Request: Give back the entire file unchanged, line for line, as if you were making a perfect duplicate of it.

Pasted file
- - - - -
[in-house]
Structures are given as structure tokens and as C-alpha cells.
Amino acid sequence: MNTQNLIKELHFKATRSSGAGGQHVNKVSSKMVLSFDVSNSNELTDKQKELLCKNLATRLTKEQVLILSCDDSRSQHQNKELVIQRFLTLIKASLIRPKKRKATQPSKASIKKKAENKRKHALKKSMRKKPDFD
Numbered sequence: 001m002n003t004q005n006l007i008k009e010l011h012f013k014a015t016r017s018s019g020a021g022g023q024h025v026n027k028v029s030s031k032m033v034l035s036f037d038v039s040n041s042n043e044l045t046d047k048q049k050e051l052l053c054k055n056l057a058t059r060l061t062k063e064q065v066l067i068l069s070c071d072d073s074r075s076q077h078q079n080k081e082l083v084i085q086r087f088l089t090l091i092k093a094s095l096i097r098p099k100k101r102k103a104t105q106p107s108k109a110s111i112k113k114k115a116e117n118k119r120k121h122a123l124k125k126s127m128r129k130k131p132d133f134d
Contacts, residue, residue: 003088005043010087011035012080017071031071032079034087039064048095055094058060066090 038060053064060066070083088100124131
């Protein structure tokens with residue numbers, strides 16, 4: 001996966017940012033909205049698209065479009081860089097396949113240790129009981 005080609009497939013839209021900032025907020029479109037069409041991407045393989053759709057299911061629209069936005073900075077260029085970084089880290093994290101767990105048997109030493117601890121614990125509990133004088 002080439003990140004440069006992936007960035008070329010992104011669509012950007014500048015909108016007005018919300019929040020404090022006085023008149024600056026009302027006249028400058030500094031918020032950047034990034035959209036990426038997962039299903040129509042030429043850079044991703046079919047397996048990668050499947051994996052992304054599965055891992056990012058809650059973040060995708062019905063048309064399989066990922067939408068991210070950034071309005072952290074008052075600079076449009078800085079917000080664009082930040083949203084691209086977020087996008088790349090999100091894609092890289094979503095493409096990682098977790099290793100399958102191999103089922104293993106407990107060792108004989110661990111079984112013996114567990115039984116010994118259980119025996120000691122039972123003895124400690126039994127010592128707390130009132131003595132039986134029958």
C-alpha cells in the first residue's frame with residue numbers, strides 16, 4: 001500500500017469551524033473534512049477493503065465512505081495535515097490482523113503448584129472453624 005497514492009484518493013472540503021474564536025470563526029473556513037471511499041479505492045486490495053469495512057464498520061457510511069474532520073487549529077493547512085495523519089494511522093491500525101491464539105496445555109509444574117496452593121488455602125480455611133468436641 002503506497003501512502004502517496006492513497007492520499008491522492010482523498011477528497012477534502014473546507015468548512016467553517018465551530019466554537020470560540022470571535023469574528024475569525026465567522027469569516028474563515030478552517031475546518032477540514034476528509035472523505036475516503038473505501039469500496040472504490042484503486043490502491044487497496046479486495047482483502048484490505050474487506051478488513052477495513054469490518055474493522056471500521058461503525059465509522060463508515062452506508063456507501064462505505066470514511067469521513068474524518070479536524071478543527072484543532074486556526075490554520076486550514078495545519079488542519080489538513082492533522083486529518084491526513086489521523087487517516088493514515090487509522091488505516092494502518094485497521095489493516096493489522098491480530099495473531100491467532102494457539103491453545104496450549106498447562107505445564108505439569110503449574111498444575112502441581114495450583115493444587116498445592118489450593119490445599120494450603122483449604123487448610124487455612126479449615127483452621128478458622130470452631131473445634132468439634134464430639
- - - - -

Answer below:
[in-house]
Structures are given as structure tokens and as C-alpha cells.
Amino acid sequence: MNTQNLIKELHFKATRSSGAGGQHVNKVSSKMVLSFDVSNSNELTDKQKELLCKNLATRLTKEQVLILSCDDSRSQHQNKELVIQRFLTLIKASLIRPKKRKATQPSKASIKKKAENKRKHALKKSMRKKPDFD
Numbered sequence: 001m002n003t004q005n006l007i008k009e010l011h012f013k014a015t016r017s018s019g020a021g022g023q024h025v026n027k028v029s030s031k032m033v034l035s036f037d038v039s040n041s042n043e044l045t046d047k048q049k050e051l052l053c054k055n056l057a058t059r060l061t062k063e064q065v066l067i068l069s070c071d072d073s074r075s076q077h078q079n080k081e082l083v084i085q086r087f088l089t090l091i092k093a094s095l096i097r098p099k100k101r102k103a104t105q106p107s108k109a110s111i112k113k114k115a116e117n118k119r120k121h122a123l124k125k126s127m128r129k130k131p132d133f134d
Contacts, residue, residue: 003088005043010087011035012080017071031071032079034087039064048095055094058060066090 038060053064060066070083088100124131
């Protein structure tokens with residue numbers, strides 16, 4: 001996966017940012033909205049698209065479009081860089097396949113240790129009981 005080609009497939013839209021900032025907020029479109037069409041991407045393989053759709057299911061629209069936005073900075077260029085970084089880290093994290101767990105048997109030493117601890121614990125509990133004088 002080439003990140004440069006992936007960035008070329010992104011669509012950007014500048015909108016007005018919300019929040020404090022006085023008149024600056026009302027006249028400058030500094031918020032950047034990034035959209036990426038997962039299903040129509042030429043850079044991703046079919047397996048990668050499947051994996052992304054599965055891992056990012058809650059973040060995708062019905063048309064399989066990922067939408068991210070950034071309005072952290074008052075600079076449009078800085079917000080664009082930040083949203084691209086977020087996008088790349090999100091894609092890289094979503095493409096990682098977790099290793100399958102191999103089922104293993106407990107060792108004989110661990111079984112013996114567990115039984116010994118259980119025996120000691122039972123003895124400690126039994127010592128707390130009132131003595132039986134029958």
C-alpha cells in the first residue's frame with residue numbers, strides 16, 4: 001500500500017469551524033473534512049477493503065465512505081495535515097490482523113503448584129472453624 005497514492009484518493013472540503021474564536025470563526029473556513037471511499041479505492045486490495053469495512057464498520061457510511069474532520073487549529077493547512085495523519089494511522093491500525101491464539105496445555109509444574117496452593121488455602125480455611133468436641 002503506497003501512502004502517496006492513497007492520499008491522492010482523498011477528497012477534502014473546507015468548512016467553517018465551530019466554537020470560540022470571535023469574528024475569525026465567522027469569516028474563515030478552517031475546518032477540514034476528509035472523505036475516503038473505501039469500496040472504490042484503486043490502491044487497496046479486495047482483502048484490505050474487506051478488513052477495513054469490518055474493522056471500521058461503525059465509522060463508515062452506508063456507501064462505505066470514511067469521513068474524518070479536524071478543527072484543532074486556526075490554520076486550514078495545519079488542519080489538513082492533522083486529518084491526513086489521523087487517516088493514515090487509522091488505516092494502518094485497521095489493516096493489522098491480530099495473531100491467532102494457539103491453545104496450549106498447562107505445564108505439569110503449574111498444575112502441581114495450583115493444587116498445592118489450593119490445599120494450603122483449604123487448610124487455612126479449615127483452621128478458622130470452631131473445634132468439634134464430639